One of the most important numbers for any dental practice to know is exactly how much the dentist is producing on a daily basis. When you consider that the dental practice is a business and the dentist is the highest-paid employee of that business, it’s important that the dentist is producing at a high level.
Using data from more than 12,500 dental practices compiled by Sikka Software, we have a good indication of how a dentist’s production in the average dental practice is looking. We’ve taken the average over the last seven years and put the numbers below.
Figure 1: Dentist net production per hour, 2010–2016
2010 – $251.31
2011 – $233.43
2012 – $191.35
2013 – $191.66
2014 – $195.04
2015 – $205.57
2016 – $216.24
Both dentist net production and hygiene net production took a massive hit in 2012. Neither have recovered to their levels of 2010.
So what does that mean for you? It means business today is different than it was at the start of this decade. Cash-to-insurance ratio as a method of payment is at an all-time low right now. Your patients are looking to see what is covered by insurance and hesitant to do more than what is covered out of pocket. That means it’s a great time to understand exactly how payment options like the ones provided by CareCredit and other financing companies work.
How can you keep your production at a high level? It’s a critical time for dentists to take a look at their annual budget, says noted practice management consultant Jan Keller.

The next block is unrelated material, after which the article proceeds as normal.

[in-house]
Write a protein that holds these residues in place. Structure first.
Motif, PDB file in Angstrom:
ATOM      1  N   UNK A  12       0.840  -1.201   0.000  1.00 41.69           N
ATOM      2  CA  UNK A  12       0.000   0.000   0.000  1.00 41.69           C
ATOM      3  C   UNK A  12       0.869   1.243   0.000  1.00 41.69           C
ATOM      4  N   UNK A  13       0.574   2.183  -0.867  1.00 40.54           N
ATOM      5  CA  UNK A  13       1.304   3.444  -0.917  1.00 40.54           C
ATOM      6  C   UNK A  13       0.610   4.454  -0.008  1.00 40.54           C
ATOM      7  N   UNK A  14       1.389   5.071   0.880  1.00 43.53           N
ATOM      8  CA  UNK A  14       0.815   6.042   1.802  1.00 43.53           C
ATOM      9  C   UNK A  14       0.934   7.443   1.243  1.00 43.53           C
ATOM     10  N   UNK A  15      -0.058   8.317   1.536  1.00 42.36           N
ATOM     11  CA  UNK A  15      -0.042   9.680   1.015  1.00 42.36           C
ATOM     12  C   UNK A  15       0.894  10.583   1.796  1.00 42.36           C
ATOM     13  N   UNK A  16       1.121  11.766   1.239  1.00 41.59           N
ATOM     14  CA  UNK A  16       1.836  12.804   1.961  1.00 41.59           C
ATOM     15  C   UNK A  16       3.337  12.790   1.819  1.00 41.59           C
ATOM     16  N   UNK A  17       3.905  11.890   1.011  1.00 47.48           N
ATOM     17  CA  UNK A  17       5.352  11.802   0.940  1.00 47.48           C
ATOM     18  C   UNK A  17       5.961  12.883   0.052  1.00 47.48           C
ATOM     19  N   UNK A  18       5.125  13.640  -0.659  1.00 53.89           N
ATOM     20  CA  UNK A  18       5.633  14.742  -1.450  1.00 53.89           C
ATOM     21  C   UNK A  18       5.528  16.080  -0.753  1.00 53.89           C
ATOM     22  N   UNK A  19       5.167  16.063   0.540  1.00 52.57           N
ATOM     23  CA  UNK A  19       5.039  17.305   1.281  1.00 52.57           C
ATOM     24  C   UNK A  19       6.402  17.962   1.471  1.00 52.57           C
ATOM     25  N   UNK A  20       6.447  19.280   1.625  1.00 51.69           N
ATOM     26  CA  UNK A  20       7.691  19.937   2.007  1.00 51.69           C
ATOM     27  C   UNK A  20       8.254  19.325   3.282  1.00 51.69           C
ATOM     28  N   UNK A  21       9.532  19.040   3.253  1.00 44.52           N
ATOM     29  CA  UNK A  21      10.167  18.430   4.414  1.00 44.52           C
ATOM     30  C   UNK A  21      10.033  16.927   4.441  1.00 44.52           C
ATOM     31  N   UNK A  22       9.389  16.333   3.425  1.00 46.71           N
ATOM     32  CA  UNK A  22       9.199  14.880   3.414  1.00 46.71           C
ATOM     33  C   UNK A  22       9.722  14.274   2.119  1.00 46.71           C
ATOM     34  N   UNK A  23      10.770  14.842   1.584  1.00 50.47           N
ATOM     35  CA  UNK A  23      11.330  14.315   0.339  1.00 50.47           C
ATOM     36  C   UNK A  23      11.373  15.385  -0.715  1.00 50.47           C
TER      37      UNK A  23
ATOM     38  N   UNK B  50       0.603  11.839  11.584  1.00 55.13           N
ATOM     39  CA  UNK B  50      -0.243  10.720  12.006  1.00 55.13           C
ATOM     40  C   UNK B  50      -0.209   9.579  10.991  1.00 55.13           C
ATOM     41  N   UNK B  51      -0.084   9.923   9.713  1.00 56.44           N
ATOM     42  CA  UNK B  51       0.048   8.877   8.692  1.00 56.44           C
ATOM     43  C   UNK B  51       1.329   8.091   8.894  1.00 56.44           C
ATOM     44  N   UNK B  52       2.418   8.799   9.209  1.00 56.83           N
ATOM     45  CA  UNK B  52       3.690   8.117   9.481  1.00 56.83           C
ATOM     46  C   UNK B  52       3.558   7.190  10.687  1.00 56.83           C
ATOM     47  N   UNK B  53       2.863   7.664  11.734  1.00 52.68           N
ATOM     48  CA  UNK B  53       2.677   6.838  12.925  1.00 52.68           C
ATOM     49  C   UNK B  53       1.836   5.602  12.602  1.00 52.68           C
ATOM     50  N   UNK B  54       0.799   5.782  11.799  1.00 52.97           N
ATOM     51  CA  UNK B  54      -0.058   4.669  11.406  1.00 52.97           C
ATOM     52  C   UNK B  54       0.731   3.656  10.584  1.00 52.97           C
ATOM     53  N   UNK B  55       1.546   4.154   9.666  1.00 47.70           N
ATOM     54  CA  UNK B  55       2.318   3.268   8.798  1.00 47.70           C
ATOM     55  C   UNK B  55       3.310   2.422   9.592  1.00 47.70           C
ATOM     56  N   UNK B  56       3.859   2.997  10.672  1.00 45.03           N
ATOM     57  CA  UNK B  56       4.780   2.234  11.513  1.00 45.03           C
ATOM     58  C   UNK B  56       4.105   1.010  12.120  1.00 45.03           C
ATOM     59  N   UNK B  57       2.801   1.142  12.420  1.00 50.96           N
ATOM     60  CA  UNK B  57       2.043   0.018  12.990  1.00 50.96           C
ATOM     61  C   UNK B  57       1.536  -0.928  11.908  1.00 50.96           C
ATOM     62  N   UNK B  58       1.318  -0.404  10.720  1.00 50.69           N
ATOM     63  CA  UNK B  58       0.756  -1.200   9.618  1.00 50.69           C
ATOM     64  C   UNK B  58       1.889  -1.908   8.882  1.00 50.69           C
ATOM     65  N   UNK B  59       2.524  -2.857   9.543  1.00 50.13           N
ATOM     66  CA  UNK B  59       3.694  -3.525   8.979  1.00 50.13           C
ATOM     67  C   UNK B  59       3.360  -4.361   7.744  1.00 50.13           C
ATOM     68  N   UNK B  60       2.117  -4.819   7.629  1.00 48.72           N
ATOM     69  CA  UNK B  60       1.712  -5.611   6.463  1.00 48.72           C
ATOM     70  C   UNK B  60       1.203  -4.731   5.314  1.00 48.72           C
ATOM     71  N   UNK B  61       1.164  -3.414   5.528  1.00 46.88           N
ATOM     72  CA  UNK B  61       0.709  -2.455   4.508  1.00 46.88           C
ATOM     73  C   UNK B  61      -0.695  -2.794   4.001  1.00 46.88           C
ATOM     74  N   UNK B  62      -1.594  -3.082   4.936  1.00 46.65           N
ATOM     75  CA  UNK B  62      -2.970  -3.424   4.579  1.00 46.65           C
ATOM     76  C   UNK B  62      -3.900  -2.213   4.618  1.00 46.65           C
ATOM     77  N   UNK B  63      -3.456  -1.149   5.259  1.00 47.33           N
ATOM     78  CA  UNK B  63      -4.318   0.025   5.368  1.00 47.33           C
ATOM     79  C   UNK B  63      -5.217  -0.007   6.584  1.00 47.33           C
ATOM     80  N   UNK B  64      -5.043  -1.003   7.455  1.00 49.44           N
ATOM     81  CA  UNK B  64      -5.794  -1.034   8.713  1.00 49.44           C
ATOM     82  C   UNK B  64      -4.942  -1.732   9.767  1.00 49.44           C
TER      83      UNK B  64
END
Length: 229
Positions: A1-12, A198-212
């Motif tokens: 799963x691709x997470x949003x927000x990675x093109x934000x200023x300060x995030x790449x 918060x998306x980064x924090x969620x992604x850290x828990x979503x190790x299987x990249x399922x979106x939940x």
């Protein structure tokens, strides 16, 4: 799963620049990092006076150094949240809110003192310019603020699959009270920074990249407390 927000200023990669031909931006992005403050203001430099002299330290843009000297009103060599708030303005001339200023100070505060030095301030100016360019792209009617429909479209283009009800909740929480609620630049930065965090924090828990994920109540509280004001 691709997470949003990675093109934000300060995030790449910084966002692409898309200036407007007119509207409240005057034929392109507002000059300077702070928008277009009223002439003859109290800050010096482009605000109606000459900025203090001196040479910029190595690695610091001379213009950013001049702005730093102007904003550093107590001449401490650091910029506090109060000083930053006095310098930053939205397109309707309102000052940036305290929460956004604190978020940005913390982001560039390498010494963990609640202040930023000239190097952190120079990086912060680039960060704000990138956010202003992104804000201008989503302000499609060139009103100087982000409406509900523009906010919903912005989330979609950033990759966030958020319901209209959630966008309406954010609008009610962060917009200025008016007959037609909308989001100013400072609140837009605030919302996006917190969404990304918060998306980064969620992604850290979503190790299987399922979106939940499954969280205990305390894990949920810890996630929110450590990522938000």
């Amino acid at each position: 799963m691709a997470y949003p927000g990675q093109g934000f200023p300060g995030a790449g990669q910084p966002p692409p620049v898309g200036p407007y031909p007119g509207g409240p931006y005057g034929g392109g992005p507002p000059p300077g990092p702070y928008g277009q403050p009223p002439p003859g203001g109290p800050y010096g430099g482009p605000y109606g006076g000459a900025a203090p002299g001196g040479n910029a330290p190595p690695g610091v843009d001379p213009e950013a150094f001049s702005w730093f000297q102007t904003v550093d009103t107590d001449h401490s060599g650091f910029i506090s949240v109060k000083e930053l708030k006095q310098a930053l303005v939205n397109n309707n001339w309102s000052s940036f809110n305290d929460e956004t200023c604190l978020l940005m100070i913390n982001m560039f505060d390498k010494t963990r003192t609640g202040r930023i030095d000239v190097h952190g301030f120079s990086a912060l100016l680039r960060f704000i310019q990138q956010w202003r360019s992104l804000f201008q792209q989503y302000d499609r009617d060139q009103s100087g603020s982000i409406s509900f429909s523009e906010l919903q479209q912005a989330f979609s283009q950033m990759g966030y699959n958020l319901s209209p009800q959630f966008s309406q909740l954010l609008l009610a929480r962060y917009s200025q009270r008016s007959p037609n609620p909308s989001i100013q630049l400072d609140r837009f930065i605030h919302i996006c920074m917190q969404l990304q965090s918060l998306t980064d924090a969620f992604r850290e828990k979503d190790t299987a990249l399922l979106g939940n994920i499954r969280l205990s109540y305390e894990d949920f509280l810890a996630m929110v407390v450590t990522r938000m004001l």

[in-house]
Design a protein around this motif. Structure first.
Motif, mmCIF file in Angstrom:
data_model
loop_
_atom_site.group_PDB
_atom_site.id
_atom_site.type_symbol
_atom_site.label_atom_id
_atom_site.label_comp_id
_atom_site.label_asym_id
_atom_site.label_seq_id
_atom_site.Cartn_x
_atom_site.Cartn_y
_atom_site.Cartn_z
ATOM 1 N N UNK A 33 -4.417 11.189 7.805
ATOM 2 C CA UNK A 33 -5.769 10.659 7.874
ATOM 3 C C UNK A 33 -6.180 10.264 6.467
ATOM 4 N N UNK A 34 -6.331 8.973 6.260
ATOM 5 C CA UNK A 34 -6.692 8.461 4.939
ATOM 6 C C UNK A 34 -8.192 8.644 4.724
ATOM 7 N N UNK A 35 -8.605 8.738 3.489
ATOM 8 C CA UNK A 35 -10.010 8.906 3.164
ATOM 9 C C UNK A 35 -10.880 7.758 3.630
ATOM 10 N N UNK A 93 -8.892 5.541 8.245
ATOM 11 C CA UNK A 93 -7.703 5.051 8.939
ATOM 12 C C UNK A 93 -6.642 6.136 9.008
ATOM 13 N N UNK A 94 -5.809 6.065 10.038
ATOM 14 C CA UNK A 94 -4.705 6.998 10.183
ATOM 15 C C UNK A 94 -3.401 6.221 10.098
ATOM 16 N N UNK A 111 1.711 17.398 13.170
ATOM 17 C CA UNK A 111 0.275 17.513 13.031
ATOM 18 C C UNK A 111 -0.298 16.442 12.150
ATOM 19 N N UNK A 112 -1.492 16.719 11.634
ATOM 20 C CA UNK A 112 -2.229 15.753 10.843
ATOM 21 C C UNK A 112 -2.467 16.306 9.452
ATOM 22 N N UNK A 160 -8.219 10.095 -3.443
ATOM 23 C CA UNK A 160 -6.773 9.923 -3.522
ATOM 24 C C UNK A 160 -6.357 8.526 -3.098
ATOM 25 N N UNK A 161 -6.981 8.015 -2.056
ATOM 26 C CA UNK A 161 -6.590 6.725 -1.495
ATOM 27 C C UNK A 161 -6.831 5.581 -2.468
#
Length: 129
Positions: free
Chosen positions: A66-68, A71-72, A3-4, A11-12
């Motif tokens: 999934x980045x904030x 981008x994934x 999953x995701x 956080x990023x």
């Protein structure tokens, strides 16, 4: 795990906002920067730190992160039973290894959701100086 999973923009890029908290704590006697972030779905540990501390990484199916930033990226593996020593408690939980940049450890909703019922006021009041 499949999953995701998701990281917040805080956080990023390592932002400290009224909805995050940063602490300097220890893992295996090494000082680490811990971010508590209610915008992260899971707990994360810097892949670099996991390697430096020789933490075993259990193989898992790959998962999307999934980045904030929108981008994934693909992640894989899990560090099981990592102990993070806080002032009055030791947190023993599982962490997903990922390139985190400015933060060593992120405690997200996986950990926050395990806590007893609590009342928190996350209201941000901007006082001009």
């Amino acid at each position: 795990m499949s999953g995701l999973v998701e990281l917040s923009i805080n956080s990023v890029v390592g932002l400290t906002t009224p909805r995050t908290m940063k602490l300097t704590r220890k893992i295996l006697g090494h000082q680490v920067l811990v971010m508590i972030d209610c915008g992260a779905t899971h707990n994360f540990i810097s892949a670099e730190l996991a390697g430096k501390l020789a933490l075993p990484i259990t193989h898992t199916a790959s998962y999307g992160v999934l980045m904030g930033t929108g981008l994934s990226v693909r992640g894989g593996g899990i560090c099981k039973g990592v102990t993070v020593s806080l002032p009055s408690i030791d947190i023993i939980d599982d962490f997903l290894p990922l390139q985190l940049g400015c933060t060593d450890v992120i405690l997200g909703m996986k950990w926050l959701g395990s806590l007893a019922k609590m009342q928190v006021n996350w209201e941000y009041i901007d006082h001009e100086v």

“When preparing the annual budget each year, knowing the total office production is important in forecasting what both hygiene production and doctor production needs to be for the upcoming year in order to meet our budget and have a profit,” Keller says. “Have a plan in place as to how you will meet your production goals, then know each quarter the goal may increase.”
Keller also believes having a strategic plan is critical for today’s dental practice. “You have to have a plan in place to monitor this information,” she said. “You need to be asking questions like, ‘Where are we spending our money each month?’ ‘What can we modify or change if necessary?’ ‘What adjustments do we need to make in our spending to keep costs in line or what specific things can we improve upon to increase our production?’”
Keller also believes it will take a team effort to ensure production stays high at your practice.
“So many times, hygienists are performing more than a prophylaxis but are afraid to discuss the periodontal involvement because of the financial aspect.” Keller said. “The entire team needs to be comfortable not only with the fees of the practice but also in charging for the treatment they are delivering. Having team meetings to work on diagnosis and presentation skills in each department is so important to keep the production numbers high.”
Source – This article was provided for reprint by SIKKA Software. SIKKA is the leading provider of business intelligence software for the dental industry. The Dental Accounting Association utilizes SIKKA intelligence software to provide profit coaching and make recommendations to improve production. To learn more about SIKKA, simply visit www.sikkasoft.com.